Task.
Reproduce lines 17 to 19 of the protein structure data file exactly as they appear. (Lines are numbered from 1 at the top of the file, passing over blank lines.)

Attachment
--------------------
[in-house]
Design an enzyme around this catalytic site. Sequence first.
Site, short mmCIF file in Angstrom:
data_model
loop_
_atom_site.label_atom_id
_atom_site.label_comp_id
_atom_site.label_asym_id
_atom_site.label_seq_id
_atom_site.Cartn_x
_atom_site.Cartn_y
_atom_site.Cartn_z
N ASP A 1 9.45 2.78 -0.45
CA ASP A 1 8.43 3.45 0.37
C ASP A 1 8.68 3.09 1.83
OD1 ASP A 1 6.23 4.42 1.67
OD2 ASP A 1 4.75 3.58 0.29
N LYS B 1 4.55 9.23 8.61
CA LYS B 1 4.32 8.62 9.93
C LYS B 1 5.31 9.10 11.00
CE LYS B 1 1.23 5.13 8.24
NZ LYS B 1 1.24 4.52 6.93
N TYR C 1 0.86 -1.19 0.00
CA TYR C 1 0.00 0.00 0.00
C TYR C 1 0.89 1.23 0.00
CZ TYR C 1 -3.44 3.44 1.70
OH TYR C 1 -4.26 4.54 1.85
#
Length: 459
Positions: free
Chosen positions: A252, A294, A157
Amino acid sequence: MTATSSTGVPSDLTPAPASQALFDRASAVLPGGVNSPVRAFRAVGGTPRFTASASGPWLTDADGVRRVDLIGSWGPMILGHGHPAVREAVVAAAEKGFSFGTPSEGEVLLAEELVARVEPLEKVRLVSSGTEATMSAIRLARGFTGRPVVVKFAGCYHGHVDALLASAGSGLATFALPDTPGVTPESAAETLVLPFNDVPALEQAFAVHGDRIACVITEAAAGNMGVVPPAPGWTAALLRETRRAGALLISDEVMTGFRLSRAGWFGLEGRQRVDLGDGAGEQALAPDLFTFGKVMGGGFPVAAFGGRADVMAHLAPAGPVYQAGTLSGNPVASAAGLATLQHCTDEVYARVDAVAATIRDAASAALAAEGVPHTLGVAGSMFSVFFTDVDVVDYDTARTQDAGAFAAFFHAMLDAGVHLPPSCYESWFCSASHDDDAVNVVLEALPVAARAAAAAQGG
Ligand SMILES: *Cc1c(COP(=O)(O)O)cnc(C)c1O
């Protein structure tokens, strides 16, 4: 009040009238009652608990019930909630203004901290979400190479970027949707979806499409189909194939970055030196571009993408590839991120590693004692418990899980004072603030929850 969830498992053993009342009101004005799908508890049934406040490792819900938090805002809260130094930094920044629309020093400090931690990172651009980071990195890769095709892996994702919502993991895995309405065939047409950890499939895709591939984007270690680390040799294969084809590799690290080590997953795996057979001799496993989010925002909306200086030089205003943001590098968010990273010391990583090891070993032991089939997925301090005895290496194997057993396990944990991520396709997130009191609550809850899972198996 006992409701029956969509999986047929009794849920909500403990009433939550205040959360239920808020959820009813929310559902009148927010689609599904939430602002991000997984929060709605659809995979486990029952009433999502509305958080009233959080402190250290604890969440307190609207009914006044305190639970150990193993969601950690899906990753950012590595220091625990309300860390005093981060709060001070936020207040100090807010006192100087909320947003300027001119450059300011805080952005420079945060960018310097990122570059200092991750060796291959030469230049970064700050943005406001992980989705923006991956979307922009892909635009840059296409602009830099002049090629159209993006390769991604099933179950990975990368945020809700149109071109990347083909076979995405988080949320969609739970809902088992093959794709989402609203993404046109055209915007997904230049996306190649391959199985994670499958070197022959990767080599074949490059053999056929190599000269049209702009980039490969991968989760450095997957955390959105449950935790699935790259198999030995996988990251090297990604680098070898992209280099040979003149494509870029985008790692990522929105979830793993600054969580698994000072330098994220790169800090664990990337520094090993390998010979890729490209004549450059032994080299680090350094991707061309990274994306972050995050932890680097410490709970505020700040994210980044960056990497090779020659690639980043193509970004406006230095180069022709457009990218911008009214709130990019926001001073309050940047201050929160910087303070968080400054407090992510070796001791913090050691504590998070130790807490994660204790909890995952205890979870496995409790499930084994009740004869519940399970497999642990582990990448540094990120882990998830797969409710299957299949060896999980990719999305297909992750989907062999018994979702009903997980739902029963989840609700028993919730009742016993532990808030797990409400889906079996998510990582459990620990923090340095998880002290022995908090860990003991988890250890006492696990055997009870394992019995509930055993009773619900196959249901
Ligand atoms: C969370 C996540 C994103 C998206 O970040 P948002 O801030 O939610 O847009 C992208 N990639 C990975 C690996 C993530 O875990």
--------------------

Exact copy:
OD2 ASP A 1 4.75 3.58 0.29
N LYS B 1 4.55 9.23 8.61
CA LYS B 1 4.32 8.62 9.93